Would You Use Your Product If You Weren't Selling It?
By: Kim Klaver

So, you can't get people to buy your product or service? Before you go forward another minute with your business, ask yourself:

Would you use your product/service if you were not selling it, yes or no?

Be honest with yourself.

If yes, ask for and find people in the right niche - those who feel like you do already or who know those sorts - like looking for a tennis partner in a new town.

If not, look for a product line or service to market that you DO love and that you would use even if you weren't selling it.

If you don't love what you sell madly, you will come across like well, just a 'professional sales type' - someone who's selling for it the money. Would you want to buy from someone like that?

I'd rather buy from an amateur- someone who is ga ga about something and is telling me about it because they love it themselves first, and I know they are interested and knowledgeable about that kind of thing anyway.

Think an environmentalist marketing earth-friendly cleaning products.

When someone doesn't have genuine, strong feelings about the thing they're selling, we all know it, don't we? Faked 'excitement' becomes transparent in a New York minute.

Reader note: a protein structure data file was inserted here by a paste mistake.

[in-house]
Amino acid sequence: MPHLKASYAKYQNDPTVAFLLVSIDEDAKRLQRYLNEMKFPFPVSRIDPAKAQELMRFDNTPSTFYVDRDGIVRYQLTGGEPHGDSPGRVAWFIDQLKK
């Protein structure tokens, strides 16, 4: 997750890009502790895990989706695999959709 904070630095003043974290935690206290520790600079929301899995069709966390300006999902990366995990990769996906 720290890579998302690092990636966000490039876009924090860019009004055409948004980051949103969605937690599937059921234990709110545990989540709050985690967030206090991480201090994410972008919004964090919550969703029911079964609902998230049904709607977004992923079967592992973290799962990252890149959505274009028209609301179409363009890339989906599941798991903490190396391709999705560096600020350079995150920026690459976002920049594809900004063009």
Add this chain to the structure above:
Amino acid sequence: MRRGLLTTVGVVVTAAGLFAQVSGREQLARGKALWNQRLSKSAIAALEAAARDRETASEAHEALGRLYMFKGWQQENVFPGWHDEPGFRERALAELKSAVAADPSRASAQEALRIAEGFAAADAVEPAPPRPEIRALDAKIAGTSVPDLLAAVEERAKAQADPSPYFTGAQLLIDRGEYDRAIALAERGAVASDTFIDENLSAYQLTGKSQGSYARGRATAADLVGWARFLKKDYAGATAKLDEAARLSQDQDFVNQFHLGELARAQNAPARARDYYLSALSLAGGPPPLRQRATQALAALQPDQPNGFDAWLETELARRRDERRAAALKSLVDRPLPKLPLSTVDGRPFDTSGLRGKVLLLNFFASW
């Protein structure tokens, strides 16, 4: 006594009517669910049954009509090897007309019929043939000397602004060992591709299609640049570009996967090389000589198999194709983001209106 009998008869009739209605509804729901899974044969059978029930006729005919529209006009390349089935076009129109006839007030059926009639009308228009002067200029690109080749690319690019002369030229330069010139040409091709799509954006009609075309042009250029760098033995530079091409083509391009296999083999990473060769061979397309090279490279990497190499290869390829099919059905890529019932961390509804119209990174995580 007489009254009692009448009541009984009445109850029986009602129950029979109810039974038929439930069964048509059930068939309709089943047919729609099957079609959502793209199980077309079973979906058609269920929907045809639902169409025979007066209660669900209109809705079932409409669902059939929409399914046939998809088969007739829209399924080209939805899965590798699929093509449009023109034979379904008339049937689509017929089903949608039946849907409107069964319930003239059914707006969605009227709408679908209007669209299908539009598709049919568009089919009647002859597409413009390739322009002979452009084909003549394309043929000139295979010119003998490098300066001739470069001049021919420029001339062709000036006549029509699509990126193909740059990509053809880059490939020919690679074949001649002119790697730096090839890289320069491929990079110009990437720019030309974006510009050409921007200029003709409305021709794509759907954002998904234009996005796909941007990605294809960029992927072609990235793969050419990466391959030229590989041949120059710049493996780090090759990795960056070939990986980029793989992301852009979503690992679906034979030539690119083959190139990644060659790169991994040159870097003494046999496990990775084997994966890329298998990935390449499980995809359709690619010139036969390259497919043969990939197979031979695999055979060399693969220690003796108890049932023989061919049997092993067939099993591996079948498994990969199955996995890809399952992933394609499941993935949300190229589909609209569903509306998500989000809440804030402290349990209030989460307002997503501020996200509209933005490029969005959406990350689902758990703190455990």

Who wants to be perceived as one of those types?

P.S. Here's that distinction between professional and amatuer which I love so madly...

"Amateur is not below professional. It's just another way of doing [business/media]. The root of the word amateur is love, and someone who does something for love is an amateur. Someone who does something to pay the bills is a professional. The amateurs have [more integrity than] the professionals. If you're an amateur you have less conflict of interest and less reason not to tell your truth than if you have to pay the bills and please somebody else."

About The Author

Kim Klaver is Harvard & Stanford educated. Her 20 years experience in network marketing have resulted in a popular blog, http://KimKlaverBlogs.com, a podcast, http://YourGreatThing.com and a giant resource site, http://BananaMarketing.com.

This article was posted on October 12, 2006
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